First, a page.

17. Wearing a face covering will be mandatory in shops and other public spaces across England from Friday to stop the spread of coronavirus. People will also have to wear a mask, scarf or bandana that covers the nose and mouth in shopping centres and indoor transport hubs, like bus and train stations. When it comes to buying food, the law will depend on where you're eating it. Face coverings will not be mandatory in pubs and restaurants. Announcing the latest guidance, the Department of Health and Social care said: Coffee shops and takeaways People will need to wear a face covering in coffee shops in England under new regulations due to come into effect on 24 July. The Department of Health and Social Care confirmed face coverings will be needed in shops such as Pret a Manger if people intend to take their food and coffee away. However, if they sit down to eat or drink, they will be able to remove their face covering in that area. Takeaway outlets will also fall under the same criteria. Those who fail to follow the new law could be fined up to £100 - brought down to £50 if paid within fortnight. Children under 11 and those with disabilities are exempt, and people can remove face coverings for valid reasons like being asked to do so in a bank or to prove their identity if buying age-restricted products. Who is exempt from wearing a face mask? The same exemptions as for public transport will apply under the updated guidelines, with children under 11 and people with breathing problems not required to wear a covering. Anyone who cannot put on, wear or remove a face covering because of a physical or mental illness or impairment or disability is also exempt. Under the new rules, the below groups are not required to wear a mask: A child under the age of 11 An employee of the transport operator, when they are acting in the course of their employment A constable or police community support officer acting in the course of their duty An emergency response member of staff, such as a paramedic or fire officer acting in the course of their duty An official such as a border force officer, acting in the course of their duty If you are onboard public transport but remain in your own vehicle, such as a car ferry Other exemptions listed include those with a disability or a physical or mental illness, and anyone travelling with a deaf person who relies on lip-reading to communicate. Customers in shops will also be allowed to remove them if they are required to present identification for purchasing alcohol and other age-restricted products.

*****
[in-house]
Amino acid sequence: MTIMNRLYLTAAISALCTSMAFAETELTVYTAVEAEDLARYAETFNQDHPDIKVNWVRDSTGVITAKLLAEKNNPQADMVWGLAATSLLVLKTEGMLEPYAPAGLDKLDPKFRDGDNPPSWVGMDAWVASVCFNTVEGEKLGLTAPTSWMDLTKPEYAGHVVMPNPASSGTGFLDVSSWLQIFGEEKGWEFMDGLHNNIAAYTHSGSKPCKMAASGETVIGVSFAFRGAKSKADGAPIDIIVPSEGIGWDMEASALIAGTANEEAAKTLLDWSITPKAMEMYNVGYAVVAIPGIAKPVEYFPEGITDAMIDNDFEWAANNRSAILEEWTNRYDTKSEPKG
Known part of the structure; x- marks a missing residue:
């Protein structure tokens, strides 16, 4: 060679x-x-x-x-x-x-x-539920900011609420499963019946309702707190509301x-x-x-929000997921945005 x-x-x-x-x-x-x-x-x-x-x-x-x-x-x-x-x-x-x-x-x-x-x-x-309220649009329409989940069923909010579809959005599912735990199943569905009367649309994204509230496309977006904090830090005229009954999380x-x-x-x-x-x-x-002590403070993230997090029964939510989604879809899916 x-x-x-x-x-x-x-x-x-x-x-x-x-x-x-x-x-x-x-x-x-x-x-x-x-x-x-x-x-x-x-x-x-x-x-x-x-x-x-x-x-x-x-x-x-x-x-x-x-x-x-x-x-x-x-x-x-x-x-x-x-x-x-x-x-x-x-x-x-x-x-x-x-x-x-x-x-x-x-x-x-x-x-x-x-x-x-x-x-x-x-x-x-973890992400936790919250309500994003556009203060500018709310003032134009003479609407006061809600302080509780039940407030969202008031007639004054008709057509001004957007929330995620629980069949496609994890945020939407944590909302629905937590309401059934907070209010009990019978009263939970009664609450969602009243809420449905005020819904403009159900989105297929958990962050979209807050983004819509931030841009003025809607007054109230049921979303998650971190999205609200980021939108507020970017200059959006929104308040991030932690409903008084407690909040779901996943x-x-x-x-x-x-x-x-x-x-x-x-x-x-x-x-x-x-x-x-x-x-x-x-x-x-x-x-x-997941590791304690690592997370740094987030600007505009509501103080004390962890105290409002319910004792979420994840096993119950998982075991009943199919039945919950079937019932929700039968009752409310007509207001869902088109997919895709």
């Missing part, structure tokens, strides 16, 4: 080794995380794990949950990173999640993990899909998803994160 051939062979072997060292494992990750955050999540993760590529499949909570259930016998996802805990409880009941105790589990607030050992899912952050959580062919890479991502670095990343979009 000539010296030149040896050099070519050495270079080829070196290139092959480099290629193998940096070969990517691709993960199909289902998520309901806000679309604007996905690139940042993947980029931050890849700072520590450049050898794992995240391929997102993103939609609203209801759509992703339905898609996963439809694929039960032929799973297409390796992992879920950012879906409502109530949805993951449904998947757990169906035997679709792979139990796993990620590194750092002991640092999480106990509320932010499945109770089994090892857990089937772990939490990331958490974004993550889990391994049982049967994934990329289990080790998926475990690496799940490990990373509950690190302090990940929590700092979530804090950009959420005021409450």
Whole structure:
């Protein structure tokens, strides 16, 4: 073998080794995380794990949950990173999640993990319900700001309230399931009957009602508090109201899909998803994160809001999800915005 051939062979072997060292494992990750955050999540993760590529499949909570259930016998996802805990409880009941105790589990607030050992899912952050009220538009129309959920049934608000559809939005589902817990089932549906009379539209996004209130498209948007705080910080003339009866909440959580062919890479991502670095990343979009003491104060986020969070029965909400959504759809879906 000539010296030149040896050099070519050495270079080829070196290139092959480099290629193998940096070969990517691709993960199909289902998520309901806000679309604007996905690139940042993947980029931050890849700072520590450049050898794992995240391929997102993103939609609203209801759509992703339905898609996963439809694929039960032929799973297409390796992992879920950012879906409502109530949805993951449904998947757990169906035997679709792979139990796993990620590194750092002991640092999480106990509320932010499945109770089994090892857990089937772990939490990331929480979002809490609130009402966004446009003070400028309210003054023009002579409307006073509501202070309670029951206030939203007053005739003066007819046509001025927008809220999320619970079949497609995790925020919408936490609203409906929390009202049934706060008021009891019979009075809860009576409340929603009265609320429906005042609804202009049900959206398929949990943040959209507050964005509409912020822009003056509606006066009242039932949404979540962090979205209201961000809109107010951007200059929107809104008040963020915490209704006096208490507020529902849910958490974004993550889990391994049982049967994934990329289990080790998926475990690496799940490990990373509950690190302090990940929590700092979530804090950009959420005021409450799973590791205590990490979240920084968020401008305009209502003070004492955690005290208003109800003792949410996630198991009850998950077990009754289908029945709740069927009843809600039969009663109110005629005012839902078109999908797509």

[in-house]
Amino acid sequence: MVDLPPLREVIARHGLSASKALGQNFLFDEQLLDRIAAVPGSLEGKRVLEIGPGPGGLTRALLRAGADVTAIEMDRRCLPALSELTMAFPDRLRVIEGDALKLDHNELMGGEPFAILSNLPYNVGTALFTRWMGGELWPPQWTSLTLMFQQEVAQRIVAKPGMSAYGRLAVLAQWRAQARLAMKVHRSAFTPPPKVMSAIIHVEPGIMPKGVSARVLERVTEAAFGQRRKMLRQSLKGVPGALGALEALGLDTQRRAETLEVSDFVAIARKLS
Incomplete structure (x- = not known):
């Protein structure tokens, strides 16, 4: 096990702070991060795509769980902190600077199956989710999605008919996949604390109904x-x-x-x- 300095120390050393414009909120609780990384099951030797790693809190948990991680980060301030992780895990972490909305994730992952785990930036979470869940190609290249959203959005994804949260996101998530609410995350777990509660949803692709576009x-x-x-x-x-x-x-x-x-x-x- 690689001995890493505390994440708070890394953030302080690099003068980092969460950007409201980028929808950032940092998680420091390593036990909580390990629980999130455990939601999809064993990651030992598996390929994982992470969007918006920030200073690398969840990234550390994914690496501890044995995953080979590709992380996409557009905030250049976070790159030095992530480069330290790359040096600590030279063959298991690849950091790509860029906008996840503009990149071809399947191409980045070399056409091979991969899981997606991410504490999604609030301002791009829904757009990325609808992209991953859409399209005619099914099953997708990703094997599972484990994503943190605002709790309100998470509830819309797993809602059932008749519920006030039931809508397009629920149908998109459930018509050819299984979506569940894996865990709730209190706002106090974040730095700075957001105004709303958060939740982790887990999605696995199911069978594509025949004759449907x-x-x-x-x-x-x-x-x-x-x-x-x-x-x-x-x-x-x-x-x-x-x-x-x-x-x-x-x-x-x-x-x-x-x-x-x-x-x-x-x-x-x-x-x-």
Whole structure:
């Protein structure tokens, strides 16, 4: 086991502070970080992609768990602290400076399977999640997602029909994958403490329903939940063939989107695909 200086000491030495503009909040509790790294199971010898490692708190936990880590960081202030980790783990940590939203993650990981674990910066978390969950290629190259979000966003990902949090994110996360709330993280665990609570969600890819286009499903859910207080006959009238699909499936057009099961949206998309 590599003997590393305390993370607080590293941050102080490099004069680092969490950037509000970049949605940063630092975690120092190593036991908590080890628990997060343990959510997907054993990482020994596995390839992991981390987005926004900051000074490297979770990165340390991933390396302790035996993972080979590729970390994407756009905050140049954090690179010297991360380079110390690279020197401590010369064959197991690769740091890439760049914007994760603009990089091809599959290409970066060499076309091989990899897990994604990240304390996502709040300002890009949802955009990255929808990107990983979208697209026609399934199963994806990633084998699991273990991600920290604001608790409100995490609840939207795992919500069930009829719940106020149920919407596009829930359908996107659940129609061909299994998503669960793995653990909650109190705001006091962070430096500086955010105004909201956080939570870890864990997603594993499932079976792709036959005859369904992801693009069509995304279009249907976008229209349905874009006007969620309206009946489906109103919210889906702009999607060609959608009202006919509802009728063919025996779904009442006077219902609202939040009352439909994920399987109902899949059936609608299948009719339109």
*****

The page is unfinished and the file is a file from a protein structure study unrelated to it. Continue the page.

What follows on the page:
18. Joint statement from Public Health Midlands (West) and Herefordshire Council Herefordshire Council is working with Public Health England (PHE) Midlands to support vegetable producers AS Green and Co, based in Mathon near Malvern, following an outbreak of COVID-19 among their workforce. Around 200 key workers are employed to carry out picking and packing work vital to the UK food supply chain and local economy. During the harvesting season, the workforce resides in mobile homes based on the farm, so as a precaution, the whole group are being treated as one extended bubble. Workers are being asked to remain on the farm during the period of isolation and stay within household groups, to reduce risk of spread within the workforce and into the wider community. Herefordshire Council is arranging food and essential supplies for residents on the site, while they self-isolate. Katie Spence, PHE Midlands Health Protection Director, said: A spokesperson for AS Green said: Karen Wright, Director of Public Health for Herefordshire, said: